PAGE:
Our board president has been in power for 30 years, and we haven't had an election in forever. Some shareholders are looking to run this year for the first time in forever. There are many concerns:
- Management directed any shareholders turning in proxies to return them to the doorman. But the doorman have been instructed to hand deliver these proxies straight to the President's apartment
- Requests to the management for a list of who is running have gone ignored
- Libelous letters written by the Board president that paint the challenging shareholders in a very poor light have been put under all doors
Questions - can the board get away with "postponing" the election? What are our rights to challenge? Not receiving any replies from management...
The Board is considering a default of a shareholder's proprietary lease due to violations of both the House Rules and PL related to noise. From what I understand this is a rare practice by coops. The shareholders have not been able to work the issue among themselves and, in fact, the offending shareholders have rebuked and insulted Board members and management who attempted to mediate and resolve the matter. We have documentation and testimony who can verify the excessive noise.
Does anyone have any experience related to defaulting a shareholder's PL? Was it successful?
Being self-employed is very challenging, however, your income can fluctuate, and there's always the chance that it could sink so low that you can not afford to pay your bills on-time, i totally lost it and it hurt my credit so bad, my score dropped to 563 before i took matters into my own hands by contacting a professional credit repair hacker at ( spiderwebhhack at gmail dot com (669)2005680 ). He cleared my report showing a list of inquiries, collections, existing debts & late payments and upgraded my score to 788 within 72 hours very affordable. I can't thank them enough because of their help as I own my own business now and I promised to take my time to publish this for them when i get results. Obviously my credit is good and i am impressed and grateful to this brain of wisdom.> Join the conversation
We are in a top floor co-op unit. The ceilings in one room are cracked badly, and made of heavy concrete. These cracks have been there since we moved in 6 years ago, but we recently had a contractor looking into other issues and he says we should replace cracked ceiling for safety reasons.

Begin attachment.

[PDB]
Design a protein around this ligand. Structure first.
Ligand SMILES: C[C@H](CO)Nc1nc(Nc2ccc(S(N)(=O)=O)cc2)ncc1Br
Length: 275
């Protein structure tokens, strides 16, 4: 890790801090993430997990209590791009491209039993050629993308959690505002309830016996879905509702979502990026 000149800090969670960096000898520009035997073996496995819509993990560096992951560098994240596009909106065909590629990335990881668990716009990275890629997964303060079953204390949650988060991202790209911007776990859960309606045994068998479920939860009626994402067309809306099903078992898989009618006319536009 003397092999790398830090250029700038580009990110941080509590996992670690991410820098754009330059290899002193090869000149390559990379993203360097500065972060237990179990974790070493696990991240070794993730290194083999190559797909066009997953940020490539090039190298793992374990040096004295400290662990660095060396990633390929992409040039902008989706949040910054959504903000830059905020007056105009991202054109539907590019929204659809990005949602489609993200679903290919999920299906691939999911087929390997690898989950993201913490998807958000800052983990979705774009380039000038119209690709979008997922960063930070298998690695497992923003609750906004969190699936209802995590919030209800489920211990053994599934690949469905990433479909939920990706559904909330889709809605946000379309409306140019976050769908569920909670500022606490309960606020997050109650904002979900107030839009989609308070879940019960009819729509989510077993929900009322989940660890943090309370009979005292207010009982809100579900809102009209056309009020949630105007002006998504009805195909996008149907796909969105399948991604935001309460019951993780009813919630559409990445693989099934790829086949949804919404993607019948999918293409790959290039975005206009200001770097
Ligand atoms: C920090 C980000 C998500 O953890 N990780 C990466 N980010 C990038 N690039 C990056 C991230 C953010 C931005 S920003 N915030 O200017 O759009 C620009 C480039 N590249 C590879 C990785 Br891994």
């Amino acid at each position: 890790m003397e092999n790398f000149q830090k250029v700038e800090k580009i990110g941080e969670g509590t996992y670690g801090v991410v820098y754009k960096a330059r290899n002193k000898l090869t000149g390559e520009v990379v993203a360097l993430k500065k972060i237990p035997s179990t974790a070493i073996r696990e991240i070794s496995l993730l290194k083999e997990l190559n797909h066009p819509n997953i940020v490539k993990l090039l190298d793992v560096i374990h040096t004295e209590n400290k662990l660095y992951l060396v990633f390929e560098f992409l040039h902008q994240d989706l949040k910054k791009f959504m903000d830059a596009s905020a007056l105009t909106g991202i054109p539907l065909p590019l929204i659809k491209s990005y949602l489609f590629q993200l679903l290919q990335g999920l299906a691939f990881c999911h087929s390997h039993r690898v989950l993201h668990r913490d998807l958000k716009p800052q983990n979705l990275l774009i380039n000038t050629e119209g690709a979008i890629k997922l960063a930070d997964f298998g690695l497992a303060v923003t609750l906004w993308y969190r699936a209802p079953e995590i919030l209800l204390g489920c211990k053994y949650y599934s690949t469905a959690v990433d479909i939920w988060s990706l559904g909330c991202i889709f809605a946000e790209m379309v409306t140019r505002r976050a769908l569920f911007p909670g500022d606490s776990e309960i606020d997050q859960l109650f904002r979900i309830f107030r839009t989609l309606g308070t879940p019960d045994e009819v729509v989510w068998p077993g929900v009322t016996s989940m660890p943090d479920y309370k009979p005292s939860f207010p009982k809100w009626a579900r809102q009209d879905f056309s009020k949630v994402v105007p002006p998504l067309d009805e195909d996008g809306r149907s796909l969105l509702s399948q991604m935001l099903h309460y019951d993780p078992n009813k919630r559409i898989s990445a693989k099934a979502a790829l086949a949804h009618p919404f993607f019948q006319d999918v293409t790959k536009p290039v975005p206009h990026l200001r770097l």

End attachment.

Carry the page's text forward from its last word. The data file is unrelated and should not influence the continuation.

I understand walls and ceiling repairs are usually the responsibility of the tenant, but in this case damage seems to be due either to a past leak or flex in the roof above. Should we get an engineering inspection to determine the cause, in hopes of getting the co-op to assume responsibility for repair, or would that be wasted money? If an inspection says the damage is from a past leak or other roof issues, is the co-op responsible?
Psychotherapist in his own co-op professional suite has been given 2 days notice to find another place to practice (or to terminate practice) because of adjacent apartment renovation which will be so noisy as to make psychotherapy conversation impossible. The Board says there is no recourse. Is there any?> Join the conversation Comments (1)
Our building has always permitted repairs to cable/internet (by Spectrum. TW etc) on weekends or whenever without approval.
Suddenly they are claiming no internet repairs may take place on weekends though these type of repairs are not disturbing to anyone.
How can this be?
Hi: We've had a number of noise-related issues between shareholders, specifically excessive noise emanating between units during the late night/early morning hours (i.e. walking too hard, loud talking, TV/radio noise, etc). Despite the Board's efforts to have the shareholders work it out among themselves, not much has helped curb the issues.
I just wanted to ask if any Board/coop has implemented some form of 'quiet hours' at their respective building - similar to hotels - where residents are 'encouraged' to keep their conduct at bay during a set time during the nights/early mornings. If so, has it worked and how did you sell it to the residents?
Evidently, you can install a camera in an apartment hallway only so long as it shows your doorway only and no activity of the neighbors or in the hallway itself.
The new "smart" doorbells - which have a direct line of sight out into a hallway - might reveal the neighbor, say, getting his newspaper in his/her jammies or people going to and from his / her apartment.
This seems illegal. And/ or these types of doorbells may invade your neighbor's privacy. Has anyone dealt with this issue his in their coop or condo?
A person has been living in our co-op for the past 13 years.
She moved in to help her elderly parents and was not on the proprietary lease or stock certificate.
Her parents past a way more than 10 years ago. They left her the co-op in their will.
For 13 years this quiet woman now a senior herself has lived in the apartment, never causing any problem, never late with her maintenance, received a letter stating she must now put her name on the lease and stock certificate and go through the admission process.
Our by-laws state you must be on the proprietary lease and stock certificate to live here however, the co-op has man people who have domestic partners and are not on the P.L and S.C. Does this now affect them as well or is this one woman being targeted?
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